Kenji Kawakami started a useless revolution. Or perhaps better said, an un-useless revolution.
The art of Chindōgu, which Kenji Kawakami invented, is the art of creative problem solving. There are principles, of course. (Aren’t there always?) Chindōgu address real problems, like the shoe umbrellas keeping the top of our shoes dry. They aren’t useless. Unlike Rube Goldberg machines, Chindōgu emphasize simplicity and practicality. You must actually build a Chindōgu design for it to be considered a Chindōgu. Oh yes, Kawakami built chopsticks with a cooling fan. “There must be the spirit of anarchy,” goes one principle, and the resulting design makes people laugh by “finding an elaborate or unconventional solution to a problem.”
CyberSecurity needs a spirit of anarchy. Security needs a spirit of play. The reason many of us got into this line of work? It was fun. Perhaps security needs Chindōgu.
There’s no place in more need of the Chindōgu spirit than control selection. We have pages upon pages of standards. We have checklists with best practices. The audit and compliance team handed over a list of regulatory requirements. Forget all that. Get together over a whiteboard and start brainstorming. How can the team meet the most controls with the least effort? What’s a fun way to do some of the controls? Remember, not useless. Un-useless.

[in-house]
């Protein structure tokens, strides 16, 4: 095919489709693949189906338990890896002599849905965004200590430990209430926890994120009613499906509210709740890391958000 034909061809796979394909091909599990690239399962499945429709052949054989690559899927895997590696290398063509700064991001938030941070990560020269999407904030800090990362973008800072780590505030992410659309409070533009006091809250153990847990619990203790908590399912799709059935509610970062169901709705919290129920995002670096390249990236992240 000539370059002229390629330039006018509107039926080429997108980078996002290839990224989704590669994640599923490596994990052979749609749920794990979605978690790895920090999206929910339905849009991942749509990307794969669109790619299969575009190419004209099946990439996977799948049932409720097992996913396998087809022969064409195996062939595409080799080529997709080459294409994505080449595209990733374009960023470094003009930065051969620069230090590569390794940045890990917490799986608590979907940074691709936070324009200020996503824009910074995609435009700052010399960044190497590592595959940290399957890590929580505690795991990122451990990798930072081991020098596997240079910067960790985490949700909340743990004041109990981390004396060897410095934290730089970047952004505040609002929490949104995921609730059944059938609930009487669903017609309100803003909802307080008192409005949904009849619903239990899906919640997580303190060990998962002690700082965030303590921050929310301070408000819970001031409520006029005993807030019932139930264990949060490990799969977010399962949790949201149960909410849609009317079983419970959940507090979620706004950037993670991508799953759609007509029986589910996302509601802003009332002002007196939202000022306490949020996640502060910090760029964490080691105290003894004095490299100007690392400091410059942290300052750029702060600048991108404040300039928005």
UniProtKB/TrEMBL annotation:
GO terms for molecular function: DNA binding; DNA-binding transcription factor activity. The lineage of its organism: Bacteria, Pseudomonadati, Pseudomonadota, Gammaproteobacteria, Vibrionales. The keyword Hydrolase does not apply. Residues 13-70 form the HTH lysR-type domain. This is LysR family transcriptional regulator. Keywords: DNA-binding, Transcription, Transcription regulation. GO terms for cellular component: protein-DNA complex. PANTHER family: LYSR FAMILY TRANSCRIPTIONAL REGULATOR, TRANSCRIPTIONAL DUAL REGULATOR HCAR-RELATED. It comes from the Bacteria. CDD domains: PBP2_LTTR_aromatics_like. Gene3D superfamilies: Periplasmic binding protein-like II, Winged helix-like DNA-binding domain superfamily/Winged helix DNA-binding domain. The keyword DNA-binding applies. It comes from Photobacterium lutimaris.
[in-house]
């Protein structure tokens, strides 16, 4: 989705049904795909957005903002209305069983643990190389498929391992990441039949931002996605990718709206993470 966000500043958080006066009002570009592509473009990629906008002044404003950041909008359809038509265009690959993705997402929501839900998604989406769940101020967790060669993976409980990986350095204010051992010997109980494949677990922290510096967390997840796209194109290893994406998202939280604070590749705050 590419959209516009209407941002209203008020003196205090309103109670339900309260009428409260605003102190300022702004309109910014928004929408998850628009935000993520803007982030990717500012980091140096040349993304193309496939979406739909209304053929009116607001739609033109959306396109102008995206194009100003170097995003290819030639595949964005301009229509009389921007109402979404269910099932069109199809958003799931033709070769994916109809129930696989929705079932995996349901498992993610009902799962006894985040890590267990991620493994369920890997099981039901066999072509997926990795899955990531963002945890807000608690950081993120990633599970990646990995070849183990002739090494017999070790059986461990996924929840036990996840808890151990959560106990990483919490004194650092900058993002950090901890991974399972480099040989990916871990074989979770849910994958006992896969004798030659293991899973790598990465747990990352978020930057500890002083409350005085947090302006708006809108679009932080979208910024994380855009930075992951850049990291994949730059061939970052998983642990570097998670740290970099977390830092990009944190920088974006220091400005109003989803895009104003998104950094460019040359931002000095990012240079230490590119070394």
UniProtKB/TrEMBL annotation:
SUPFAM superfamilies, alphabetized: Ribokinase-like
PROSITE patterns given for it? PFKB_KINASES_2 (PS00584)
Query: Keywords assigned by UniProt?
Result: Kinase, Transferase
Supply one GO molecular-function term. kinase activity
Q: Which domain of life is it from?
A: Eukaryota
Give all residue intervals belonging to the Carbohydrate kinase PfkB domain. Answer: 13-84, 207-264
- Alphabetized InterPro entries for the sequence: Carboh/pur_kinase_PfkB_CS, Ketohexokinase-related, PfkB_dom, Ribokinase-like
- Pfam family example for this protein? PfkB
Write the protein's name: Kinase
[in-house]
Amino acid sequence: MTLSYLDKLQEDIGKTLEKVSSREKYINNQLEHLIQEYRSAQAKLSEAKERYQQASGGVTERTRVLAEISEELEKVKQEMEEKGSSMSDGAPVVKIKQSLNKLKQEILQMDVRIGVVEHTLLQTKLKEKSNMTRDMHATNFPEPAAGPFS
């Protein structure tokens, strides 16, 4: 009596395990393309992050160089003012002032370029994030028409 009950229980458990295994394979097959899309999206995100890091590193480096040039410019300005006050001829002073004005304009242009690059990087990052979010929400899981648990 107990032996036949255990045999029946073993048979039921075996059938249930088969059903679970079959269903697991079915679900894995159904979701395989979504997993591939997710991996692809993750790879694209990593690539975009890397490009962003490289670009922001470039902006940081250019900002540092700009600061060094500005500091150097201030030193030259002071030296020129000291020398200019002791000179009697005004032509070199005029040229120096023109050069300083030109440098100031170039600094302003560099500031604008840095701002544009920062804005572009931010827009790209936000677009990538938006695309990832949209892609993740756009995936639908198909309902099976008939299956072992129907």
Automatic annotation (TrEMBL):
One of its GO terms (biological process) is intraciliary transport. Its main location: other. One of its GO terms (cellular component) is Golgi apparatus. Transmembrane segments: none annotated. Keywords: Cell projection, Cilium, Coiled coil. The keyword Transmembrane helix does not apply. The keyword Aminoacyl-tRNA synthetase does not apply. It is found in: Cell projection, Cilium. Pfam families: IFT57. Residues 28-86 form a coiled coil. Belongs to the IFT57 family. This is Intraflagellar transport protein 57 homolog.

Once I led a workshop such as this. We ended up with a game of Mousetrap implemented with a series of Python scripts. As the adversary followed their attack path, like a marble rolling down the track, a series of humorous actions befell them. We had a blast.
The book 101 Un-Useless Japanese Inventions includes a telescoping hand for taking photos. Here’s the problem. A Chindōgu is a tool that a person could use, while paradoxically, a Chindōgu is a tool that no one would actually use. But the telescoping hand, or as it is known today, the selfie stick, took off. The stick graduated from Chindōgu to being useful, a must-have for tourists. Our Mousetrap scripts met a similar fate, serving as the inspiration and starting point for an Endpoint Detection and Response (EDR) platform.
Bringing back the playful anarchy unlocks our creativity. Toss aside the checklists. Have fun with the controls. Forget being productive for a moment. Forget being useful. Join the un-useless revolution. You’ll be surprised at where the security controls end up.
This article is part of a series on designing cyber security capabilities. To see other articles in the series, including a full list of design principles, click here.Posted by